Where Did Friday the 13th Come From?

So you know the stories, and how Friday the thirteenth brings nothing but bad luck, horror and curses surrounding black cats, walking under ladders, cracked pavements. But where do these superstitions come from? Where do the spooky superstitions set to ruin all your impending future plans come from?

This superstitious day has its earliest roots in the time of the Romans – on Maundy Thursday (13th of Nisan in the Assyrian calendar,) 13 people were present in the ‘Upper Room’ for the last supper. Of course, the next day, Jesus died. Subsequently, it has been held in Christian traditions that having thirteen at the table was a bad omen, toying with the idea of death. This is also why specifically Friday the 13th is a bad omen, rather than just any old 13th. 

However, the widespread origin is also argued to have come from 1307, where hundreds of Knights Templar were arrested and burnt across France.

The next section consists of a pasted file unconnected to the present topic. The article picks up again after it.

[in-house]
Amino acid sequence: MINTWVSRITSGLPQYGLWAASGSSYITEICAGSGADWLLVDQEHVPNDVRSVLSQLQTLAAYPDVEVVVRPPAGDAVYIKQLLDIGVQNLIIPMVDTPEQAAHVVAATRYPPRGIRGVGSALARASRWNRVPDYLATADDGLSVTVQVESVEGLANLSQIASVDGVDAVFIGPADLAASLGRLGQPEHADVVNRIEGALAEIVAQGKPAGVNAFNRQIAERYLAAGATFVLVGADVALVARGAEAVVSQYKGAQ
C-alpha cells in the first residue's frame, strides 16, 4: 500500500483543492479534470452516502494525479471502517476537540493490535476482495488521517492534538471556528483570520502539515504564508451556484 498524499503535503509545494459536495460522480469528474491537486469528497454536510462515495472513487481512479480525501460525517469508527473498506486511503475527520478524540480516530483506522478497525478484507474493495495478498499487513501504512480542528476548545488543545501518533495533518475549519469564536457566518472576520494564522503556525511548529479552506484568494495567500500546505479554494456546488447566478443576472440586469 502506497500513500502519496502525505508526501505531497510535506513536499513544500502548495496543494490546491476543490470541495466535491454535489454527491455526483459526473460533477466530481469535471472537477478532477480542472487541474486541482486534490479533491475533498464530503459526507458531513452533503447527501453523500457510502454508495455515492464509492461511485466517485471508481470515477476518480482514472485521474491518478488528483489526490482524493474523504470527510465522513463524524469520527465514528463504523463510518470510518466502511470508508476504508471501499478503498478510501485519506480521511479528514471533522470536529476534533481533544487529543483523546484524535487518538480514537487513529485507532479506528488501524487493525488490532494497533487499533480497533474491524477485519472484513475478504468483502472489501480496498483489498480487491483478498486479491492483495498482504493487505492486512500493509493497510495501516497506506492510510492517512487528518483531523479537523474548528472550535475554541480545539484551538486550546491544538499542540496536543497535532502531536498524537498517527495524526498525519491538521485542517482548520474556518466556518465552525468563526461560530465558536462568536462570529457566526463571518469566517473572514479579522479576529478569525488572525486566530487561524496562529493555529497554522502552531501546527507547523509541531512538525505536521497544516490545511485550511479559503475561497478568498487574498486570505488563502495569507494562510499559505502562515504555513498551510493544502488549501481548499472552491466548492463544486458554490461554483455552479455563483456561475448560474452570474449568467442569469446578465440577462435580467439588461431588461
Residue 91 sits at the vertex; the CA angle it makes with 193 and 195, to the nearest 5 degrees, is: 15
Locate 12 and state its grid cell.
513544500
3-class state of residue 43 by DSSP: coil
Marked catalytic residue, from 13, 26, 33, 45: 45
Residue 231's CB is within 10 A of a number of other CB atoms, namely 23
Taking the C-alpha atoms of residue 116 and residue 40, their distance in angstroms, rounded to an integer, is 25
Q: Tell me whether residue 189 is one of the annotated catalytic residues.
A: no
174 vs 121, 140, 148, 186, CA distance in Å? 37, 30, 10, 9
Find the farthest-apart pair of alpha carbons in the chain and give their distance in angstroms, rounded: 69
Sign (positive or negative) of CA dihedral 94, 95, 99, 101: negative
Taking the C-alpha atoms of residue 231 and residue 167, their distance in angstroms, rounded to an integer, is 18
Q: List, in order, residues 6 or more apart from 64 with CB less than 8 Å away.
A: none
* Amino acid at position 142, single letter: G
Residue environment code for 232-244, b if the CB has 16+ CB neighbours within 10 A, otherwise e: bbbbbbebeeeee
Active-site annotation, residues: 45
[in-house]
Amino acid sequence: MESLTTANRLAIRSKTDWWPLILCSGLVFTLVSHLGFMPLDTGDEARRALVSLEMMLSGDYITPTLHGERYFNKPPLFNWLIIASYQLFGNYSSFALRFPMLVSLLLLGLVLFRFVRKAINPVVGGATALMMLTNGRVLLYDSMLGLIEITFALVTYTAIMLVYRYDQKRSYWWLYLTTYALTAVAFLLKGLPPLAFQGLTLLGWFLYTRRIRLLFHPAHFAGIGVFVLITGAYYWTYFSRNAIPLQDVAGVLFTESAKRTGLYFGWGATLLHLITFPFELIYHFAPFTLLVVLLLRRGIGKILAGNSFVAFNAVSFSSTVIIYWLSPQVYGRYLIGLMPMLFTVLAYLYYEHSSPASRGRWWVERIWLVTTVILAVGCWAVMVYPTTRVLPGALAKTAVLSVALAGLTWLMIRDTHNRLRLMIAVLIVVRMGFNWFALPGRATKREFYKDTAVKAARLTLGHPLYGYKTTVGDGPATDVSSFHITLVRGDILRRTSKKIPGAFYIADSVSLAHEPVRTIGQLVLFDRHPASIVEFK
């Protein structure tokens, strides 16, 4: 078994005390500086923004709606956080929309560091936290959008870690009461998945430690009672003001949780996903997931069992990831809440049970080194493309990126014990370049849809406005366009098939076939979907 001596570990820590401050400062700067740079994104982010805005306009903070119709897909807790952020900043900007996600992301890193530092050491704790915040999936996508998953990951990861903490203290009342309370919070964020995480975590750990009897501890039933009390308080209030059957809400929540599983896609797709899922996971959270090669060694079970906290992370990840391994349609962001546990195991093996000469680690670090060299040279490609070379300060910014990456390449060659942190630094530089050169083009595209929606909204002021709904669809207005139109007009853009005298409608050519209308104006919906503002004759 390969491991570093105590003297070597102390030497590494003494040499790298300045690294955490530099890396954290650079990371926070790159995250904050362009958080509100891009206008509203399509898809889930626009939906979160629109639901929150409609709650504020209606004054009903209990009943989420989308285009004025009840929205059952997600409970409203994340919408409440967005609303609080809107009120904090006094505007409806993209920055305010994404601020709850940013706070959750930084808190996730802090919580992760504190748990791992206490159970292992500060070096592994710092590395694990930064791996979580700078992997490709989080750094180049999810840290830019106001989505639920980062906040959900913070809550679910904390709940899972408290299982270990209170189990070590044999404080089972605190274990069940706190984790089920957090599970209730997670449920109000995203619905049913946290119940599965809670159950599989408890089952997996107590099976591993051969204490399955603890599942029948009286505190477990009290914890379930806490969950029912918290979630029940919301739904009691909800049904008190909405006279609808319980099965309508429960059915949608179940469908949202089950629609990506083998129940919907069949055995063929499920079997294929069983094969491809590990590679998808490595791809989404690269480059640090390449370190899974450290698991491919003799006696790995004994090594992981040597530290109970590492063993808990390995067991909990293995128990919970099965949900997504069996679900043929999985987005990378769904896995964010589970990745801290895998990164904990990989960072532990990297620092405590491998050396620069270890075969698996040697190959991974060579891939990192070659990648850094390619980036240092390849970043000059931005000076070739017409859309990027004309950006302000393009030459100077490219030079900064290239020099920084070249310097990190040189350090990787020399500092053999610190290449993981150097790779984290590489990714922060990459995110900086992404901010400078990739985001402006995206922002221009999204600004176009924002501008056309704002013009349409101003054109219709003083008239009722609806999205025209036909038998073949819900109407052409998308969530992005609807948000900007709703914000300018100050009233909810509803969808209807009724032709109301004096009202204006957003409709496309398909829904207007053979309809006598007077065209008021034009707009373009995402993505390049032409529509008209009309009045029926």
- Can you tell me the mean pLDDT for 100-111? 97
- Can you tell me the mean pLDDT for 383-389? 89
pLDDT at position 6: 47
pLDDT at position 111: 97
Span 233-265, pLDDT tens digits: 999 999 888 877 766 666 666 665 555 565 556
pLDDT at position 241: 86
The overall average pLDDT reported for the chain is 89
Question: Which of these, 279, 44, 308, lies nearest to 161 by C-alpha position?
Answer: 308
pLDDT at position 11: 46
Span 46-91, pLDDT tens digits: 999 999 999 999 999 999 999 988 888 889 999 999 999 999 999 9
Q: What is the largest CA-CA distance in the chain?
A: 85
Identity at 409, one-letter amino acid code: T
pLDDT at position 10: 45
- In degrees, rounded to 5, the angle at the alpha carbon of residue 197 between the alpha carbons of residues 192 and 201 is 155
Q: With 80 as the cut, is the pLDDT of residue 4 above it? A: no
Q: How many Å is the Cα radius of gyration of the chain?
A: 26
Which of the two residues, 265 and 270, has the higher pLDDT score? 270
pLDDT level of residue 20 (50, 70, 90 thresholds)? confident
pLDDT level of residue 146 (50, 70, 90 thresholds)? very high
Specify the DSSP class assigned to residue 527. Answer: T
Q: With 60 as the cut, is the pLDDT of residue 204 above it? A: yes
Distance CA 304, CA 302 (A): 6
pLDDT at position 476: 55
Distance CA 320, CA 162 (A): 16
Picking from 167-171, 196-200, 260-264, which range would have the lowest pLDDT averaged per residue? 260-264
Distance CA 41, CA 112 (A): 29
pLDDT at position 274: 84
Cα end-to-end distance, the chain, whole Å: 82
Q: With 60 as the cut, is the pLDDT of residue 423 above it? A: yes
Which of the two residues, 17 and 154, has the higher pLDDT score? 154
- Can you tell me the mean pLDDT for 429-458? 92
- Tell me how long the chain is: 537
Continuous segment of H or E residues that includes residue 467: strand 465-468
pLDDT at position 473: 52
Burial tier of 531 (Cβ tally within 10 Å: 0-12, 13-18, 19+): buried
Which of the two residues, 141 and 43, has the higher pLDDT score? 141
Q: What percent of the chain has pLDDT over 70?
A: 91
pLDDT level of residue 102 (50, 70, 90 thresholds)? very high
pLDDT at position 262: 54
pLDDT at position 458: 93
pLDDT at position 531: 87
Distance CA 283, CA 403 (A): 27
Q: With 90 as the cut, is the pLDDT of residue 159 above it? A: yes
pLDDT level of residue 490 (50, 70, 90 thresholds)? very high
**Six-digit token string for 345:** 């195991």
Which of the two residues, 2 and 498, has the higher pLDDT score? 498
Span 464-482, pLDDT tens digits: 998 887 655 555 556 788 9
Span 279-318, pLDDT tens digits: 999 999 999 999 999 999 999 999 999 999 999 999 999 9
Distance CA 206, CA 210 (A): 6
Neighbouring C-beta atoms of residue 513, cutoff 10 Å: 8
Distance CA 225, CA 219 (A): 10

In the Western world, the number 12 has been associated with completeness, with twelve days of Christmas, twelve months, 12 zodiac signs, 12 gods of Olympus, all contributing to the idea that the thirteenth brought incompleteness.

The main basis of the modern superstitions that we believe today came from 1907, with the publication of ‘Friday the Thirteenth’ by Thomas William Lawson. This tells a story of New York city stockbroker who manipulates superstition about the date to create chaos on wall street.

Similarly, the horror movie ‘Friday the 13th, ‘ released 1980, introduced the notorious character Jason, who only murders on (you guessed it) Friday the 13th.

During the 1880s, a club was founded in attempts to debunk superstition, by holding a regular meeting on the 13th of each month. Here members gathered to break mirrors, spill copious amounts of salt, walk under ladders, all the while recording how many members died. While membership was initially 13, it soon exploded over the course of the decade. Could the attention they drew to the date actually have increased the superstition around it? 

The truth is, is that although you may not die from putting new shoes on a table, or need to run away from a black cat crossing your path… the fun comes from the superstitious, the different and the excitement. It’s a tradition that deserves to stay.

Published by Heather Dalgleish

21-year-old journalism student. Author and illustrator for In Full Bloom Magazine

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